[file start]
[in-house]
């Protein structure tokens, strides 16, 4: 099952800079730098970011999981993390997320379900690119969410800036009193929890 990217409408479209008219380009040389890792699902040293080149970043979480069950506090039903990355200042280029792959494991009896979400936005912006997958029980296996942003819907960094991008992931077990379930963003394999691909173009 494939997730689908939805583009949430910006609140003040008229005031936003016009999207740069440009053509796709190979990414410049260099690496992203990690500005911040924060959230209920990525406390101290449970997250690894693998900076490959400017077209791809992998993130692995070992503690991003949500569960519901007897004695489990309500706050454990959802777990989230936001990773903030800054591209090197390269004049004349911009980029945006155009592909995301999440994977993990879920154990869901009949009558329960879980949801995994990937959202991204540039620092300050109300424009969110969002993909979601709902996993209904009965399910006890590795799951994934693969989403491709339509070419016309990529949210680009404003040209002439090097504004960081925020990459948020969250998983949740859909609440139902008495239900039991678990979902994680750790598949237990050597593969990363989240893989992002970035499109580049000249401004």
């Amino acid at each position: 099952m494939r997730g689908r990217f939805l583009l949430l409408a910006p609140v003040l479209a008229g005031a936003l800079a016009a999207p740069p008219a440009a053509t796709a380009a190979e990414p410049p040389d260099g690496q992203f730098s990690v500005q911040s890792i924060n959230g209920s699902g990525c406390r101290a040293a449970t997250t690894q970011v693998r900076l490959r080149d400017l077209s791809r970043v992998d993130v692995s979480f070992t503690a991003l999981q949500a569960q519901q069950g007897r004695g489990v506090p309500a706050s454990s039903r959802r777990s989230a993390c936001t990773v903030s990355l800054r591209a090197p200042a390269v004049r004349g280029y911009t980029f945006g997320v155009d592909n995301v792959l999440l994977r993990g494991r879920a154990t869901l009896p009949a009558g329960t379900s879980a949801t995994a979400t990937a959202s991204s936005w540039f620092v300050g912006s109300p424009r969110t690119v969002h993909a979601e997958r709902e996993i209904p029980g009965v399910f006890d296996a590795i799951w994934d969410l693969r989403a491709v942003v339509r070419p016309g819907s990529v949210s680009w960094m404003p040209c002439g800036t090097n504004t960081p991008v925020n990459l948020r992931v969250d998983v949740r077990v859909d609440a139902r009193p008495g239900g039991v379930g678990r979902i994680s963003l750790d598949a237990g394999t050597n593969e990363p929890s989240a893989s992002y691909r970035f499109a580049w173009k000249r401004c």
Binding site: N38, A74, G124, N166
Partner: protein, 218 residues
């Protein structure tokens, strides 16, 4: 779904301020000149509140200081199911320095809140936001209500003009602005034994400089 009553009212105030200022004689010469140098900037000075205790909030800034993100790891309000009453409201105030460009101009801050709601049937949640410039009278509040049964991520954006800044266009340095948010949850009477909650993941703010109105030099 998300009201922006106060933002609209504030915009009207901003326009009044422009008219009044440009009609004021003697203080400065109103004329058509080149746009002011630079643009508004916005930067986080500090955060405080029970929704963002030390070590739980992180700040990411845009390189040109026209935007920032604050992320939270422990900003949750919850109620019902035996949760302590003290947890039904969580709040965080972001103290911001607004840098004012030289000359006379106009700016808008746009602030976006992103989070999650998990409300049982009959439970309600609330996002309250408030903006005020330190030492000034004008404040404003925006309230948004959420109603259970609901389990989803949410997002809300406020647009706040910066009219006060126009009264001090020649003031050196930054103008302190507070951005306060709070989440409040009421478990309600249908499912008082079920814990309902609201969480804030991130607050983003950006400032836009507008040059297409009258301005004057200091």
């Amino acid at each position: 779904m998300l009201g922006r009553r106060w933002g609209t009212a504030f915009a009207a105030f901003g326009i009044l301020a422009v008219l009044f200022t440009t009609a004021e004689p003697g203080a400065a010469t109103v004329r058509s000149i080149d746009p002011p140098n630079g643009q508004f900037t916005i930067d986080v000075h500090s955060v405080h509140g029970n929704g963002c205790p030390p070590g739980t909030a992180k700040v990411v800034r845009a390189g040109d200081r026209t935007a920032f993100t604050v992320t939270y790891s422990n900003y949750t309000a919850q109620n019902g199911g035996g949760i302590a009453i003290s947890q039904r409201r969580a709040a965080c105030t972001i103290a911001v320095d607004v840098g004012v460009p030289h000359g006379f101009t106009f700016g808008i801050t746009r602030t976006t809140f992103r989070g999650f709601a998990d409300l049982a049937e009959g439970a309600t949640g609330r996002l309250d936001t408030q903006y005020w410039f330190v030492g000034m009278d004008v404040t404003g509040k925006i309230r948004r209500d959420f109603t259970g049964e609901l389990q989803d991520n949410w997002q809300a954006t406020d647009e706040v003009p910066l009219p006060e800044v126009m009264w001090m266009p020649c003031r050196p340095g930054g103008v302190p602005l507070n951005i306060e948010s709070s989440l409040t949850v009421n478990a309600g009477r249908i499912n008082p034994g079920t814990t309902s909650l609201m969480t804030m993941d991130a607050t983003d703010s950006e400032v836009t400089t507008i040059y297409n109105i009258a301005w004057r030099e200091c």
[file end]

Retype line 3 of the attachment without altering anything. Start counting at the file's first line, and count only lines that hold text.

């Amino acid at each position: 099952m494939r997730g689908r990217f939805l583009l949430l409408a910006p609140v003040l479209a008229g005031a936003l800079a016009a999207p740069p008219a440009a053509t796709a380009a190979e990414p410049p040389d260099g690496q992203f730098s990690v500005q911040s890792i924060n959230g209920s699902g990525c406390r101290a040293a449970t997250t690894q970011v693998r900076l490959r080149d400017l077209s791809r970043v992998d993130v692995s979480f070992t503690a991003l999981q949500a569960q519901q069950g007897r004695g489990v506090p309500a706050s454990s039903r959802r777990s989230a993390c936001t990773v903030s990355l800054r591209a090197p200042a390269v004049r004349g280029y911009t980029f945006g997320v155009d592909n995301v792959l999440l994977r993990g494991r879920a154990t869901l009896p009949a009558g329960t379900s879980a949801t995994a979400t990937a959202s991204s936005w540039f620092v300050g912006s109300p424009r969110t690119v969002h993909a979601e997958r709902e996993i209904p029980g009965v399910f006890d296996a590795i799951w994934d969410l693969r989403a491709v942003v339509r070419p016309g819907s990529v949210s680009w960094m404003p040209c002439g800036t090097n504004t960081p991008v925020n990459l948020r992931v969250d998983v949740r077990v859909d609440a139902r009193p008495g239900g039991v379930g678990r979902i994680s963003l750790d598949a237990g394999t050597n593969e990363p929890s989240a893989s992002y691909r970035f499109a580049w173009k000249r401004c």